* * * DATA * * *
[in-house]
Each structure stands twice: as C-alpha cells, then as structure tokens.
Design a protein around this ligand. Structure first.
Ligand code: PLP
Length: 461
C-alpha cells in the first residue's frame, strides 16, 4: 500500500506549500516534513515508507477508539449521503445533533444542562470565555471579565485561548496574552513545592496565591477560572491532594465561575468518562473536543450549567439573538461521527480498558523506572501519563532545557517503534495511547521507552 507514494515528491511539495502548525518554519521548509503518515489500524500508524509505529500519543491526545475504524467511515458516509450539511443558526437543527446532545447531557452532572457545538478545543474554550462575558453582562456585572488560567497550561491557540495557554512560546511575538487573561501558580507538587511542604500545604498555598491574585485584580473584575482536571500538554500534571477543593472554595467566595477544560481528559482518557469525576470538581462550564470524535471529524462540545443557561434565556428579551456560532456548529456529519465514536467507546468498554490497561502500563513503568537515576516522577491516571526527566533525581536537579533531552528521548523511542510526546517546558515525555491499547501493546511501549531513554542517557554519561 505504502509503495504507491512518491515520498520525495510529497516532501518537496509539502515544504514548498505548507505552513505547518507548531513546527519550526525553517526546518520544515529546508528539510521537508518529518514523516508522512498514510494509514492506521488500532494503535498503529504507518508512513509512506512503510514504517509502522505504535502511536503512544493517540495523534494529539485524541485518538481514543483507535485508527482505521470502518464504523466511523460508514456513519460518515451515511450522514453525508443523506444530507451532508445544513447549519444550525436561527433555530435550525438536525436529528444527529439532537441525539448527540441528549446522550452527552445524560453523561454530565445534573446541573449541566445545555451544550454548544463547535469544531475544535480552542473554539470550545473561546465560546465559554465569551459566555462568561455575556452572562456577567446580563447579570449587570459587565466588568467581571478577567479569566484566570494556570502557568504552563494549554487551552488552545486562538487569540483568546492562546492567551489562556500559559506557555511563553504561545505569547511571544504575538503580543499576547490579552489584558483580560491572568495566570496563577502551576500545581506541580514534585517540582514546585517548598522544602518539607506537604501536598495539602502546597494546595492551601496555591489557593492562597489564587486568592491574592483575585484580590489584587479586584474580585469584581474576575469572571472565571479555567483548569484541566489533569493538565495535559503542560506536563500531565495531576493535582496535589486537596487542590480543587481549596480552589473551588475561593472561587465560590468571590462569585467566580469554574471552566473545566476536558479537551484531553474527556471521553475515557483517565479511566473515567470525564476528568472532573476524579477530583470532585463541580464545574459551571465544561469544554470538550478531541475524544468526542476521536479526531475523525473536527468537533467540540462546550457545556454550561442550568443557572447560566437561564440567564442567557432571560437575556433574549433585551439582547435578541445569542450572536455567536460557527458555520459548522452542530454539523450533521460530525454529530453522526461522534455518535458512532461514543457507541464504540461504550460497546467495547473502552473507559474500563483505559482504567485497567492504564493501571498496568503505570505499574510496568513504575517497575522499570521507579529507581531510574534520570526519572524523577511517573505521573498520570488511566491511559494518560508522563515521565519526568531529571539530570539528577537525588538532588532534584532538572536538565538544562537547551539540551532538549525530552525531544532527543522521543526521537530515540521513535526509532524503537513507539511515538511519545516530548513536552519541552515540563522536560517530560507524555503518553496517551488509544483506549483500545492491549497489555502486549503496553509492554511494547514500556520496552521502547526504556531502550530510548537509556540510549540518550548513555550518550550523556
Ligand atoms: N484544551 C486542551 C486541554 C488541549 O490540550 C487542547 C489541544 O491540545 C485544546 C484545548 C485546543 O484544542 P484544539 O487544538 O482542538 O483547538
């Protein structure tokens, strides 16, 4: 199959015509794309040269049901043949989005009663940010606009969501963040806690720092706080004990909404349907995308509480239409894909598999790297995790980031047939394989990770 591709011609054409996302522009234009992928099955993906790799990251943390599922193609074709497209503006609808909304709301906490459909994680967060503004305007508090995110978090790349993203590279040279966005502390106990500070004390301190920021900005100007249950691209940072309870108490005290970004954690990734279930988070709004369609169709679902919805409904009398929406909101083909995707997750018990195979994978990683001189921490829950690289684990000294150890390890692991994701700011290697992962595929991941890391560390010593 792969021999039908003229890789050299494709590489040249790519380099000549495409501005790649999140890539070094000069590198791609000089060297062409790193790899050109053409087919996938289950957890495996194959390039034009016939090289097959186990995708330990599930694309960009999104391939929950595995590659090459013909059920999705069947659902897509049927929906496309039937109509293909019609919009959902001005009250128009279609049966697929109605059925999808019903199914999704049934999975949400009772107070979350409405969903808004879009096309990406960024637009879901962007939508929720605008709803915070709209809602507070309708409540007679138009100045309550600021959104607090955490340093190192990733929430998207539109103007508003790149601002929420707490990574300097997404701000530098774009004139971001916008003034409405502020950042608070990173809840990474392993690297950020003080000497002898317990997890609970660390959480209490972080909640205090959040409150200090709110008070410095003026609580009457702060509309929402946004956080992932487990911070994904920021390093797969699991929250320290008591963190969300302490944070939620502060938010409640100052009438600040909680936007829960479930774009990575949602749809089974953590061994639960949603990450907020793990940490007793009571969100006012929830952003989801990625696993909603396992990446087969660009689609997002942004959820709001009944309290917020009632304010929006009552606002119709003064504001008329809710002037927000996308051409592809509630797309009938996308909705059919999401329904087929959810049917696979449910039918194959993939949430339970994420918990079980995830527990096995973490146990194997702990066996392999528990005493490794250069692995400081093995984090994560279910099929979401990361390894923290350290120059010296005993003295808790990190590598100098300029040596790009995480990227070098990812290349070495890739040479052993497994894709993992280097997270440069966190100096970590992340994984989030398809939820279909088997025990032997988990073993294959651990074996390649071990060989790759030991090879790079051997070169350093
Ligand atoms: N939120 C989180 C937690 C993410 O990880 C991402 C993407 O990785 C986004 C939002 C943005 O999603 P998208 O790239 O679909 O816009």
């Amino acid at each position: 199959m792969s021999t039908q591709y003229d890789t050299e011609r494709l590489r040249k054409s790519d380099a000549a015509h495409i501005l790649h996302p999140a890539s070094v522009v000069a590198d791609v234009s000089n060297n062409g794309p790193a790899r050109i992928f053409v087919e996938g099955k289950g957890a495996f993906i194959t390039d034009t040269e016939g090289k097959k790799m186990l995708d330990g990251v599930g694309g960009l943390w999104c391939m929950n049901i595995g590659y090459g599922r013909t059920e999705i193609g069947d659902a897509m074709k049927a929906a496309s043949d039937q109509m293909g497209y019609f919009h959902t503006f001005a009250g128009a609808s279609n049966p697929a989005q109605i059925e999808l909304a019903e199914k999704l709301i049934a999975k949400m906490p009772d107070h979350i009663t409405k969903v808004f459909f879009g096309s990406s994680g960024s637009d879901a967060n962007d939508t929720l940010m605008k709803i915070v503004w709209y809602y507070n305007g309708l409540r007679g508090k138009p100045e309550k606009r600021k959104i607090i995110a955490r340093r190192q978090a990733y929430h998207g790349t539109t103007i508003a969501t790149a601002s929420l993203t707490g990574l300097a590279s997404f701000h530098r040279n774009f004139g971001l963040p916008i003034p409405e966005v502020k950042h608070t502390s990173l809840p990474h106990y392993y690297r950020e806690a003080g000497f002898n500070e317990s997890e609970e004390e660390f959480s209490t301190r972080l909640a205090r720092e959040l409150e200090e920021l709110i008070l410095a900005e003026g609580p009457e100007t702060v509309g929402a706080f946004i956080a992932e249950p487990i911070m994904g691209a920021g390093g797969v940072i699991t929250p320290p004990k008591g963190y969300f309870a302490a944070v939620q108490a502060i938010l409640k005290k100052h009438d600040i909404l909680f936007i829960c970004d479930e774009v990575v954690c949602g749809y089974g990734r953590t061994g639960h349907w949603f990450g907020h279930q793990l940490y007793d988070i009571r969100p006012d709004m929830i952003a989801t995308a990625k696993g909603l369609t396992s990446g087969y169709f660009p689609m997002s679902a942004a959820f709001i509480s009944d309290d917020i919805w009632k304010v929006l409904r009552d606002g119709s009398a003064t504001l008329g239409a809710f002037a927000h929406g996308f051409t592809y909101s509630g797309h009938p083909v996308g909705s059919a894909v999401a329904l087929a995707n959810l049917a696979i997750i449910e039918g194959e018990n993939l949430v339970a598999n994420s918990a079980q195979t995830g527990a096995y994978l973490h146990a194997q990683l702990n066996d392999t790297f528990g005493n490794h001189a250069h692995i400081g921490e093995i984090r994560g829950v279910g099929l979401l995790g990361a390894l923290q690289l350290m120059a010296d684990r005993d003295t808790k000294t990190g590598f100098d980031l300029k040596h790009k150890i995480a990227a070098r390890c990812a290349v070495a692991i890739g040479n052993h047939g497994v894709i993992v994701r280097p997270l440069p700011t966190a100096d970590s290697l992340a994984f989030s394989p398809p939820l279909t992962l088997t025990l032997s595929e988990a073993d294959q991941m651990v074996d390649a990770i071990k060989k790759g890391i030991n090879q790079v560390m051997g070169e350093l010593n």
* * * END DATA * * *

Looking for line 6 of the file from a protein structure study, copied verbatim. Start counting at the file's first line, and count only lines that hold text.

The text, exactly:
C-alpha cells in the first residue's frame, strides 16, 4: 500500500506549500516534513515508507477508539449521503445533533444542562470565555471579565485561548496574552513545592496565591477560572491532594465561575468518562473536543450549567439573538461521527480498558523506572501519563532545557517503534495511547521507552 507514494515528491511539495502548525518554519521548509503518515489500524500508524509505529500519543491526545475504524467511515458516509450539511443558526437543527446532545447531557452532572457545538478545543474554550462575558453582562456585572488560567497550561491557540495557554512560546511575538487573561501558580507538587511542604500545604498555598491574585485584580473584575482536571500538554500534571477543593472554595467566595477544560481528559482518557469525576470538581462550564470524535471529524462540545443557561434565556428579551456560532456548529456529519465514536467507546468498554490497561502500563513503568537515576516522577491516571526527566533525581536537579533531552528521548523511542510526546517546558515525555491499547501493546511501549531513554542517557554519561 505504502509503495504507491512518491515520498520525495510529497516532501518537496509539502515544504514548498505548507505552513505547518507548531513546527519550526525553517526546518520544515529546508528539510521537508518529518514523516508522512498514510494509514492506521488500532494503535498503529504507518508512513509512506512503510514504517509502522505504535502511536503512544493517540495523534494529539485524541485518538481514543483507535485508527482505521470502518464504523466511523460508514456513519460518515451515511450522514453525508443523506444530507451532508445544513447549519444550525436561527433555530435550525438536525436529528444527529439532537441525539448527540441528549446522550452527552445524560453523561454530565445534573446541573449541566445545555451544550454548544463547535469544531475544535480552542473554539470550545473561546465560546465559554465569551459566555462568561455575556452572562456577567446580563447579570449587570459587565466588568467581571478577567479569566484566570494556570502557568504552563494549554487551552488552545486562538487569540483568546492562546492567551489562556500559559506557555511563553504561545505569547511571544504575538503580543499576547490579552489584558483580560491572568495566570496563577502551576500545581506541580514534585517540582514546585517548598522544602518539607506537604501536598495539602502546597494546595492551601496555591489557593492562597489564587486568592491574592483575585484580590489584587479586584474580585469584581474576575469572571472565571479555567483548569484541566489533569493538565495535559503542560506536563500531565495531576493535582496535589486537596487542590480543587481549596480552589473551588475561593472561587465560590468571590462569585467566580469554574471552566473545566476536558479537551484531553474527556471521553475515557483517565479511566473515567470525564476528568472532573476524579477530583470532585463541580464545574459551571465544561469544554470538550478531541475524544468526542476521536479526531475523525473536527468537533467540540462546550457545556454550561442550568443557572447560566437561564440567564442567557432571560437575556433574549433585551439582547435578541445569542450572536455567536460557527458555520459548522452542530454539523450533521460530525454529530453522526461522534455518535458512532461514543457507541464504540461504550460497546467495547473502552473507559474500563483505559482504567485497567492504564493501571498496568503505570505499574510496568513504575517497575522499570521507579529507581531510574534520570526519572524523577511517573505521573498520570488511566491511559494518560508522563515521565519526568531529571539530570539528577537525588538532588532534584532538572536538565538544562537547551539540551532538549525530552525531544532527543522521543526521537530515540521513535526509532524503537513507539511515538511519545516530548513536552519541552515540563522536560517530560507524555503518553496517551488509544483506549483500545492491549497489555502486549503496553509492554511494547514500556520496552521502547526504556531502550530510548537509556540510549540518550548513555550518550550523556